What are your thoughts on the rise of hate against Asians and Asian-Americans in the pandemic era? How can we fight against it, and how can we, as a society, heal?
N: For me personally, it’s been pretty difficult. It’s been difficult in the workspace, it’s been difficult at home just looking at the news, and as you know, a lot of it has been happening in the Bay Area. Knowing that your loved ones are there, that it impacts them…it’s hard. I think it’s particularly hard for me because I’ve directly been told that someone has been impacted, either someone I know or a family friend. That really is difficult, when it hits home. I think it’s hard when people deny it, and deny that it’s happening, or that it’s not something that should be made into a problem. This isn’t new. The U.S. has a very long history of discrimination against communities under the Asian umbrella. With the rise of it right now, I think it’s important to have those conversations. I also struggle a lot with the expectation for me to talk about it. It puts the burden on the people who are impacted, and I know that it’s important to talk about it, but everyone responds in different ways and has their own way of showing up for their community.
Z: When I first heard about this it was through social media. I was actually very angry and confused, because a lot of the victims we saw looked very similar to my parents, my uncles, my aunts. They’re taunted, they’re murdered, they’re shoved, their faces are slashed, they’re set on fire, and they’re beaten. It’s just very saddening to see that. How do you fight against that? I would say the first place to start is education. Teach them everything. For instance, in World War II, there was a combat team that was almost entirely Asian. However, in American history, we were never mentioned or honored. Our stories should be included, because we matter. Secondly, I think politicians should keep fighting to pass bills that protect the AAPI community. Not everyone in this world will stand up for us, but I encourage everyone who believes that humanity still matters to stand with us and speak on our behalf. Hate crimes targeting our community need to stop. They need to stop now, for the generations that come after us.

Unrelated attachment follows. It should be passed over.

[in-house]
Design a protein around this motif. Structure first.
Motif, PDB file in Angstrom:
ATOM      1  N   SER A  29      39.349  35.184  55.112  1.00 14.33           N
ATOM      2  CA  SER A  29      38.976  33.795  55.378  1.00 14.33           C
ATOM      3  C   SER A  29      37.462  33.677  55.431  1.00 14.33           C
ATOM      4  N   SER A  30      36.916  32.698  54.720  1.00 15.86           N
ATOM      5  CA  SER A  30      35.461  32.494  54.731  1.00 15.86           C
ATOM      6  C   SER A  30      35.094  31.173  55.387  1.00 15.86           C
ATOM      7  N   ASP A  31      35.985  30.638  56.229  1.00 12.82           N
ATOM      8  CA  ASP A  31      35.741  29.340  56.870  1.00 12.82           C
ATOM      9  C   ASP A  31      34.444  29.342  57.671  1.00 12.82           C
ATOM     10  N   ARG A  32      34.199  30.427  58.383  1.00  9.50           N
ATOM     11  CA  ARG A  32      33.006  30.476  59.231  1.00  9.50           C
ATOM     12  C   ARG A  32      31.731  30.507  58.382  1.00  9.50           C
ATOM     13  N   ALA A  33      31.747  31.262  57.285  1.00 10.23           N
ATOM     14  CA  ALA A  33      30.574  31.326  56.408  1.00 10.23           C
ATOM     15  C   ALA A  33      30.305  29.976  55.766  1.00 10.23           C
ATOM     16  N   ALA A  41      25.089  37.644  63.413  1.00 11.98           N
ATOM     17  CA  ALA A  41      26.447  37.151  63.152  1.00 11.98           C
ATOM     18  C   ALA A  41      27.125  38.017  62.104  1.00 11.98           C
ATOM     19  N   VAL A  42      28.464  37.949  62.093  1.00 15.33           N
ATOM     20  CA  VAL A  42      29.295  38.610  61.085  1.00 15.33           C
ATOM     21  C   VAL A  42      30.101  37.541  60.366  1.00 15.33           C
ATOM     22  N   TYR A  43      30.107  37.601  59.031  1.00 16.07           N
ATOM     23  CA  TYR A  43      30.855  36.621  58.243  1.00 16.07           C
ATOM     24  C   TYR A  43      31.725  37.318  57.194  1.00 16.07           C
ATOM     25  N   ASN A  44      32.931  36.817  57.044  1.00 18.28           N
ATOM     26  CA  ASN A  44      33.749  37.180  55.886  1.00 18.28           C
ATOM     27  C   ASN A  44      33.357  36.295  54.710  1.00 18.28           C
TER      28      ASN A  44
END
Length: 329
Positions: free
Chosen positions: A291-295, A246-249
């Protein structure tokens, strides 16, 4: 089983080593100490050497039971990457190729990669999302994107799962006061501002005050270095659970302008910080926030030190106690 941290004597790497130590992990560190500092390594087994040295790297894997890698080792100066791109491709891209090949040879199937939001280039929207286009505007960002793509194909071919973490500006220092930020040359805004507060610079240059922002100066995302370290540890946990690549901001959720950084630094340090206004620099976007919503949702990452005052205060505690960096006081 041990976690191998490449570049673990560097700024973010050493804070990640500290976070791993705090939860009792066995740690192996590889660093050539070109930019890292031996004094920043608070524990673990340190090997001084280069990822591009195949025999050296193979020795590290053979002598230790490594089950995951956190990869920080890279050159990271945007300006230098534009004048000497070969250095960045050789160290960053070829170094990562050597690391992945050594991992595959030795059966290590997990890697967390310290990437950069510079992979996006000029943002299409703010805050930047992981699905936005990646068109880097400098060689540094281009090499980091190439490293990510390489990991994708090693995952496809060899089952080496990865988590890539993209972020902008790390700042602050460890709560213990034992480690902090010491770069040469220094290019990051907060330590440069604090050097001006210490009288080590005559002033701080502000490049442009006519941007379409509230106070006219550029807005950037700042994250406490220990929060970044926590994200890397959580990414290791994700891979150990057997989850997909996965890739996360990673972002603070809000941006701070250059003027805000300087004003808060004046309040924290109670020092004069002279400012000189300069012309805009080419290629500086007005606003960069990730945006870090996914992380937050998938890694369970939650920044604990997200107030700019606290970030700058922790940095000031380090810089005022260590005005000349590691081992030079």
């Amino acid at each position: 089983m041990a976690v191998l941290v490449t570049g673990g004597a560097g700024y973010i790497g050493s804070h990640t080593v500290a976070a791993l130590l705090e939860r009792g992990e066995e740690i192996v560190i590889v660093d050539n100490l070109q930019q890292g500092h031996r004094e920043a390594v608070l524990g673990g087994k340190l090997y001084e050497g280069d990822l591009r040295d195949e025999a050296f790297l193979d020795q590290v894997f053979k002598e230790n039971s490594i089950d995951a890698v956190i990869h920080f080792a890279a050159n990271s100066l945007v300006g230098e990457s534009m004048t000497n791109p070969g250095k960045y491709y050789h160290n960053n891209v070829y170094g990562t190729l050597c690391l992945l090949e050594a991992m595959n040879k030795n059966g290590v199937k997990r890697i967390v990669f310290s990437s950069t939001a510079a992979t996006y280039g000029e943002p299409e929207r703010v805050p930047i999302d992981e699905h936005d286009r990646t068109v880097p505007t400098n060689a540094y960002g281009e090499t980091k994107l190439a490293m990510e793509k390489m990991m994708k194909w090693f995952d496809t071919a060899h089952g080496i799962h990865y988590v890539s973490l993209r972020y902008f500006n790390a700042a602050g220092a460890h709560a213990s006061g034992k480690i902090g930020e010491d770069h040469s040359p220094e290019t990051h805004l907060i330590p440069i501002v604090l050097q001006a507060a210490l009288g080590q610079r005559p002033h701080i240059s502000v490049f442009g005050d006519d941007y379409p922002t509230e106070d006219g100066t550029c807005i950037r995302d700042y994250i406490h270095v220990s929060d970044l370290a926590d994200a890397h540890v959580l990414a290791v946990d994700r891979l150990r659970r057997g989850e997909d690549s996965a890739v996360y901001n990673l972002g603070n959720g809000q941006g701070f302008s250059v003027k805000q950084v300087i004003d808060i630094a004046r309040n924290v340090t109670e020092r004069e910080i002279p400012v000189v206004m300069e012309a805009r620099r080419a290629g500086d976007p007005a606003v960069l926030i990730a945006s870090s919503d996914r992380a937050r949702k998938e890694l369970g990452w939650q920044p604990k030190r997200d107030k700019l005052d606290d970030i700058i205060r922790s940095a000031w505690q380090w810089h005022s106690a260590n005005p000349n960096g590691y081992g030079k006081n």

R: I totally resonate with everything that’s been said. I’m in a similar boat where it’s just…this past year has been really tough. Not only with your health, but with the rise of hate, and all these different emotions come up for me. The most significant emotion that comes up for me is disbelief. We’ve had so many different advances, technological or otherwise, within the United States, but why is this still on the back burner? When I think about this question, “How do we fight against it?—there’s so many different avenues. I think the most significant step for me is communication, and having that space to be able to open up and have these discussions. Now is the time to shine a spotlight on certain things and bring them up, although they may be very uncomfortable to talk about.